Invasive Plant Advisories



  Public Information Statement on hydrilla (Hydrilla verticillata) in the Connecticut River.


CAES IAPP continued work on the Connecticut River in 2018 to determine the spread of hydrilla. For more information check out the Connecticut River webpage.

Hydrilla Locations in the CT River
CAES IAPP and other organizations are working to manage the invasive species Hydrilla verticillata (Hydrilla) in the Connecticut River. If you are aware of any Hydrilla populations in the river that are not already indicated on the above map, please contact Greg Bugbee at (203) 974-8512 or Hydrilla can be commonly confused with other species; please refer to our Plant Identification Guide for more accurate identification.
Hottonia inflataHottonia inflata

   The CAES IAPP team has recently identified the species Hottonia inflata (featherfoil) in two ponds in Connecticut where it has not previously been reported. Although this species can form dense populations and appear to be invasive, it is actually listed as a species of “Special Concern” under the Connecticut Endangered Species Act. This provides certain protections regarding its control. Hottonia inflatatypically occurs as a winter annual and tends to be most prevalent after sediments are exposed in autumn (like during the 2016 drought). This might be the reason why the populations are so large and easily detectable this year. CAES IAPP would like to know if this plant is becoming more common in CT. If you notice this plant in a pond or lake contact Greg Bugbee at (203) 974-8512 or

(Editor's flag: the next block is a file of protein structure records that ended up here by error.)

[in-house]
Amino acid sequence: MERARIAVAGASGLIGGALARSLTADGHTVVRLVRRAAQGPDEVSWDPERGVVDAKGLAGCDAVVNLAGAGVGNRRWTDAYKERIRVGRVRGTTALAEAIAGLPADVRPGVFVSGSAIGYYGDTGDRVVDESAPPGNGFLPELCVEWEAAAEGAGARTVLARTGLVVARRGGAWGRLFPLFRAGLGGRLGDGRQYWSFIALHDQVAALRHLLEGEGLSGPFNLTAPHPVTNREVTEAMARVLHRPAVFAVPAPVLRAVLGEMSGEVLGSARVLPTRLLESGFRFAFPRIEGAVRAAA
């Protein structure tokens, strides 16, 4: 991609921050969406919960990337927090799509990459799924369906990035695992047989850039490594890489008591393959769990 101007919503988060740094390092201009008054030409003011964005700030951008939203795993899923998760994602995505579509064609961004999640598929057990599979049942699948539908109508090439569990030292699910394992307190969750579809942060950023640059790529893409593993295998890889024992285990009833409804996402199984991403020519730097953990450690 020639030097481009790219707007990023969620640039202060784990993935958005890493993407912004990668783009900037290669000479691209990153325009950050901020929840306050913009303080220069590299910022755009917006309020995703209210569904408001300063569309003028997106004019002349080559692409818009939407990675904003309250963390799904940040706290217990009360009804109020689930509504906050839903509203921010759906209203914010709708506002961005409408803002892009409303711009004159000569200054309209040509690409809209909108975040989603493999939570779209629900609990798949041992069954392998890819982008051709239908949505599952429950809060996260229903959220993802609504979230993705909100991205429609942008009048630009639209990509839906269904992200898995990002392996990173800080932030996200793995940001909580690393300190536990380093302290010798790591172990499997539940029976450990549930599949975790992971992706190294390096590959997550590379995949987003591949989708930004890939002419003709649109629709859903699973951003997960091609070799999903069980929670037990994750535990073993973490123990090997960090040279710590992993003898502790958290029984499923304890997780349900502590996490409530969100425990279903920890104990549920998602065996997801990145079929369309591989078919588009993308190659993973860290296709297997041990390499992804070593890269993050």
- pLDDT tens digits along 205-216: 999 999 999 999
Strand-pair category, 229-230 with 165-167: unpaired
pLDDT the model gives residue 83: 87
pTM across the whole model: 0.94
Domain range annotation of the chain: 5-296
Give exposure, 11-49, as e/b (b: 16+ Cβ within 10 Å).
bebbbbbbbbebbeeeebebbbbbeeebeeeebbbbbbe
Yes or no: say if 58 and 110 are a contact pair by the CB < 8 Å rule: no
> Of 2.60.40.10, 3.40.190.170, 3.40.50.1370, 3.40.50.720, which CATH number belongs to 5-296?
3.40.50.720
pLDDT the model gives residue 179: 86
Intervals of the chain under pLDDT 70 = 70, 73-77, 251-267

Aquarium Photo

The Connecticut aquarium trade poses a risk of introducing non-native aquatic macrophytes. Recent surveys by CAES IAPP show that nearly 30% of the State's aquarium plant retailers sell banned species. Cabomba caroliniana and Egeria densa are the two most common banned plants offered for sale. Myriophyllum aquaticum and Myriophyllum heterophyllum are also available. The incidence of species misidentification by wholesalers and retailers is high with Egeria densa often sold as Anacharis, Anacharis najas or Egeria najas. Members of the genus Myriophyllum, often look similar and cannot be readily identified morphologically. Cabomba furcata will often be confused with C. caroliniana. Greater education is needed to curtail wholesale and retail sales. Additional enforcement may also be needed. Regulation may need to incorporate molecular techniques to assure suspect plants are correctly identified.

CAES IAPP has found a large population of water hyacinth ( Eichornia crassipes) growing in a public pond in Newington. This plant is commonly sold for home water gardens. It is not banned in Connecticut (Public Act 04-203) because it is not known to overwinter. There is a possibility this Newington population has overwintered and CAES IAPP will be checking for regrowth next summer. Please do not release water hyacinth into lakes and ponds. If you see this plant in our water bodies contact Greg Bugbee (203) 974-8512 or
CAES IAPP has found a plant called "Parrot's Feather" is being sold locally for water gardens. The scientific name on the label is Myriophyllum propium. Unfortunately, no plant by the name of Myriophyllum propium exists in scientific literature.  This plant resembles an invasive plant, called "Parrot Feather" (Myriophyllum aquaticum), that is currently banned in Connecticut by  Public Act 04-203. CAES IAPP has performed molecular testing on the plant and found it not to be M. aquaticum. We could not, however,  find a match with any other plant and the true identity of  M. propium remains unresolved. Until we know more about this plant, WE STRONGLY SUGGEST THIS PLANT NOT BE PURCHASED as it is listed as hardy to Connecticut and could become invasive. If you have already purchased this plant or would like further information contact Greg Bugbee: (203) 974-8512 or